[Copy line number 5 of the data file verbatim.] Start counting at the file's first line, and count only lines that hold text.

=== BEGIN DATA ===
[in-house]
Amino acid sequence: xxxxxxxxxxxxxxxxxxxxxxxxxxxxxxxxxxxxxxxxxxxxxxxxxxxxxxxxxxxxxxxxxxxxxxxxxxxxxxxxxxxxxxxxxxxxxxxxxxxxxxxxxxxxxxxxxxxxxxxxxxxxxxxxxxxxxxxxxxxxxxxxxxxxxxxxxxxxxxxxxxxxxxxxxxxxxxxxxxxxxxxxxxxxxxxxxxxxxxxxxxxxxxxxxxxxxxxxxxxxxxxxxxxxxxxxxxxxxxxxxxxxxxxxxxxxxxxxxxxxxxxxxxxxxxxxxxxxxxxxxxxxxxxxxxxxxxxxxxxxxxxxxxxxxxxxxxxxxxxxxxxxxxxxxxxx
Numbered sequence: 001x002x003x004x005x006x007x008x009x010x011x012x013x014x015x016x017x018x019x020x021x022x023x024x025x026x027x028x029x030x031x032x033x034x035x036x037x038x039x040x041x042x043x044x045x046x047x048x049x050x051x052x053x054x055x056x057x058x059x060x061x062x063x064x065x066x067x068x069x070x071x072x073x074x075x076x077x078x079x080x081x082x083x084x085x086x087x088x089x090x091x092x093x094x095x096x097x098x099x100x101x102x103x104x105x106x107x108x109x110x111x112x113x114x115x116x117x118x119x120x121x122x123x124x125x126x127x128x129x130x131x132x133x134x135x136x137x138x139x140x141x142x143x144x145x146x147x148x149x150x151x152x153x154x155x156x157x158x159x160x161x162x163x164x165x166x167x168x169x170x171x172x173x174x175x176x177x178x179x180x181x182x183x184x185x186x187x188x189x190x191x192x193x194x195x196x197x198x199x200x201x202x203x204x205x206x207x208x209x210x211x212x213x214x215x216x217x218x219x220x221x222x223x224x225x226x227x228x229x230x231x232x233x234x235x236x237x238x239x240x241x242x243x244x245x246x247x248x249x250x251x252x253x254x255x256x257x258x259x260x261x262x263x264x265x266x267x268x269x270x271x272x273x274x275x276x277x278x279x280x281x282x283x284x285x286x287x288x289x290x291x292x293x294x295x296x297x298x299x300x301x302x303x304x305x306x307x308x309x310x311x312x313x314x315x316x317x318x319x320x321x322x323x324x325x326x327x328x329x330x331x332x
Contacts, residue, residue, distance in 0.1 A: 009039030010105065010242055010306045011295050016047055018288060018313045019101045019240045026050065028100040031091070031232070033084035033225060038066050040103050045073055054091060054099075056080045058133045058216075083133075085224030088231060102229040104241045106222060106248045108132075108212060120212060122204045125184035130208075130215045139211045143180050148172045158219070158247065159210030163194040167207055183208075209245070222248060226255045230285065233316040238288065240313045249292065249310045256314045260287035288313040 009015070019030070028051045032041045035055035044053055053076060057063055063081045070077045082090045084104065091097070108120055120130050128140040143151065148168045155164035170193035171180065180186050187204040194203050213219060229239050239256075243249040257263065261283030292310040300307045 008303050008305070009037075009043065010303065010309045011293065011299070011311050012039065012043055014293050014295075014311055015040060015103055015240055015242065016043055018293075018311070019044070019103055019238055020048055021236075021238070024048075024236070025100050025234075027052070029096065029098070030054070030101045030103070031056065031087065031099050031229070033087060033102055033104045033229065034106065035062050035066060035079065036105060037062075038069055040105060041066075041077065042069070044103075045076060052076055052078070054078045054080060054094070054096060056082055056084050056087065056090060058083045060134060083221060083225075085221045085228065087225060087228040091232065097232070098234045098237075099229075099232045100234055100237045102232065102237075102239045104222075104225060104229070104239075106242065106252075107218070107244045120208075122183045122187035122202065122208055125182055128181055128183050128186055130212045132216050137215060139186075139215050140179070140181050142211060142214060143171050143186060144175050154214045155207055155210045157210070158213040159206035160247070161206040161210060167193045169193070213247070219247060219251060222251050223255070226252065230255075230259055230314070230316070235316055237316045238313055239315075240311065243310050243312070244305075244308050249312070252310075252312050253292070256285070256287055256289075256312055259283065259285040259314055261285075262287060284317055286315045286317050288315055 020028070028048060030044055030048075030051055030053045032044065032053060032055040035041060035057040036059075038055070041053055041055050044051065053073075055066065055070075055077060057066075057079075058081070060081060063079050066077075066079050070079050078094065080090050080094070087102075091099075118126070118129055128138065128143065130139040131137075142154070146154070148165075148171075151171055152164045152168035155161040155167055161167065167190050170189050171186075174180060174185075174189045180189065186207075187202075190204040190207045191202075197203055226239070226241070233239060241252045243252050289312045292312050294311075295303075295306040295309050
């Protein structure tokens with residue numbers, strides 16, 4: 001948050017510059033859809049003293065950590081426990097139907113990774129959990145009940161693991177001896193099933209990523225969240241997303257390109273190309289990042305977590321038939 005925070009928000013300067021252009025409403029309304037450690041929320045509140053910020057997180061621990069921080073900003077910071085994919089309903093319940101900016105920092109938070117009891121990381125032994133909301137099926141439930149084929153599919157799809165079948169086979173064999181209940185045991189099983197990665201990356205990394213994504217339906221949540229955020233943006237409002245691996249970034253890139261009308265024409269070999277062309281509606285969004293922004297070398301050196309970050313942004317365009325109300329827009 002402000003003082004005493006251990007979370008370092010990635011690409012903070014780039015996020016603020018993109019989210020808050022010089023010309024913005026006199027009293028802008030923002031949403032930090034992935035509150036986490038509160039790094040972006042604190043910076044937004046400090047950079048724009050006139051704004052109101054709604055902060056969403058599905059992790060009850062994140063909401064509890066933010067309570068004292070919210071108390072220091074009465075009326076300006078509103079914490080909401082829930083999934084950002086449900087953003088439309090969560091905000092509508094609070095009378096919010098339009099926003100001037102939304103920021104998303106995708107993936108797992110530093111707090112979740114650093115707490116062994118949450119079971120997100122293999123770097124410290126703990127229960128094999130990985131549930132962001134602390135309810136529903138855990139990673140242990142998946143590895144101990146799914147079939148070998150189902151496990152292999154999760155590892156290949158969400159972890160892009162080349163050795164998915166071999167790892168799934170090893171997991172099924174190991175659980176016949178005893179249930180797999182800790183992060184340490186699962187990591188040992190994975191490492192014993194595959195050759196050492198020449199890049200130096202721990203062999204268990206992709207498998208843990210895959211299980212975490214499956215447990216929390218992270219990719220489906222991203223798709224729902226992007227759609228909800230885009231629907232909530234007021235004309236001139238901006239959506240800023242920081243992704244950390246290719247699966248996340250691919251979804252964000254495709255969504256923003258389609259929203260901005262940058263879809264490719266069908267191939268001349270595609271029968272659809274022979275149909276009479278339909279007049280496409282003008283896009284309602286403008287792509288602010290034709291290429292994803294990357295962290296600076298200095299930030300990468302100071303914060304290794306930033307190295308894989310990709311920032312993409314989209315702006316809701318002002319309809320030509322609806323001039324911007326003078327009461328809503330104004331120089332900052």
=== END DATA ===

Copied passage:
């Protein structure tokens with residue numbers, strides 16, 4: 001948050017510059033859809049003293065950590081426990097139907113990774129959990145009940161693991177001896193099933209990523225969240241997303257390109273190309289990042305977590321038939 005925070009928000013300067021252009025409403029309304037450690041929320045509140053910020057997180061621990069921080073900003077910071085994919089309903093319940101900016105920092109938070117009891121990381125032994133909301137099926141439930149084929153599919157799809165079948169086979173064999181209940185045991189099983197990665201990356205990394213994504217339906221949540229955020233943006237409002245691996249970034253890139261009308265024409269070999277062309281509606285969004293922004297070398301050196309970050313942004317365009325109300329827009 002402000003003082004005493006251990007979370008370092010990635011690409012903070014780039015996020016603020018993109019989210020808050022010089023010309024913005026006199027009293028802008030923002031949403032930090034992935035509150036986490038509160039790094040972006042604190043910076044937004046400090047950079048724009050006139051704004052109101054709604055902060056969403058599905059992790060009850062994140063909401064509890066933010067309570068004292070919210071108390072220091074009465075009326076300006078509103079914490080909401082829930083999934084950002086449900087953003088439309090969560091905000092509508094609070095009378096919010098339009099926003100001037102939304103920021104998303106995708107993936108797992110530093111707090112979740114650093115707490116062994118949450119079971120997100122293999123770097124410290126703990127229960128094999130990985131549930132962001134602390135309810136529903138855990139990673140242990142998946143590895144101990146799914147079939148070998150189902151496990152292999154999760155590892156290949158969400159972890160892009162080349163050795164998915166071999167790892168799934170090893171997991172099924174190991175659980176016949178005893179249930180797999182800790183992060184340490186699962187990591188040992190994975191490492192014993194595959195050759196050492198020449199890049200130096202721990203062999204268990206992709207498998208843990210895959211299980212975490214499956215447990216929390218992270219990719220489906222991203223798709224729902226992007227759609228909800230885009231629907232909530234007021235004309236001139238901006239959506240800023242920081243992704244950390246290719247699966248996340250691919251979804252964000254495709255969504256923003258389609259929203260901005262940058263879809264490719266069908267191939268001349270595609271029968272659809274022979275149909276009479278339909279007049280496409282003008283896009284309602286403008287792509288602010290034709291290429292994803294990357295962290296600076298200095299930030300990468302100071303914060304290794306930033307190295308894989310990709311920032312993409314989209315702006316809701318002002319309809320030509322609806323001039324911007326003078327009461328809503330104004331120089332900052």